First of all, to be a little bit pedantic for a moment, on a boat "Bungee Cord" is more properly called ''shock cord''. Growing up in sailing it was considered rather luberly to call it ''bungee chord''. Another similar pet peeve is calling ''Fenders'' ''Bumpers''. I know I see this all the time including in catelogs but technically they are Fenders because they are they are there to fend off and not absorb collision.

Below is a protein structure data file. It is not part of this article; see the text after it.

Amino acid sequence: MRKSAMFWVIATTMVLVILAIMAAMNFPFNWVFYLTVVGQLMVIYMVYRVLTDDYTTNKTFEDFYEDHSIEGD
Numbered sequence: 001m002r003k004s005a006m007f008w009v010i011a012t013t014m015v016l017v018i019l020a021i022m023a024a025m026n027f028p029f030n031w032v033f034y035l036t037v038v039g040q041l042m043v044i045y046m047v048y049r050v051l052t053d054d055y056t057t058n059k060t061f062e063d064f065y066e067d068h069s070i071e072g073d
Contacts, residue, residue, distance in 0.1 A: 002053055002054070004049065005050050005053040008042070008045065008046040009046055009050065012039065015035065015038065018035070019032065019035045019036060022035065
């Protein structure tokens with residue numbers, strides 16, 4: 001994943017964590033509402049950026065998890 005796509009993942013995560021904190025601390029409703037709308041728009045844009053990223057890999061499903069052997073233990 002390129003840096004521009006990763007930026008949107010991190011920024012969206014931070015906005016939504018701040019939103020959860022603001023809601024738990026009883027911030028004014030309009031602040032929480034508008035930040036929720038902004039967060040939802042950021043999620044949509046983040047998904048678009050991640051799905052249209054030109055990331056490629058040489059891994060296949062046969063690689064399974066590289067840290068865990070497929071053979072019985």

Back to the topic, there are a lot of uses for shockchord on a boat. I have several sets of shockcord with a hook on one end permanently attached to my toerail at the bow that I can quickly pass across the deck to belay my jib in a hurry when I drop it. I have loops of shock chord on my docklines so that they do not abraid my topsides. I use these same loops to hold my docklines across the inboard end of my slip so I can pick up my stern lines without getting off the boat when I am single-handing. I use shock cord to secure the bottom of the fabric wind scoop that I set on my forward hatch. I don''t use it to secure sails as I think that the tension is too harsh on the fabric prefering to use traditional webbing sail ties in stead. I use shock chord to hold my tiller while I am singlehanding and need to leave the helm or to hold the tiller on center when I am not underway. I use shock chord to gielguy my halyards away from my mast. I use shock chord to hold open lockers and hold lockers shut. The list is nearly endless.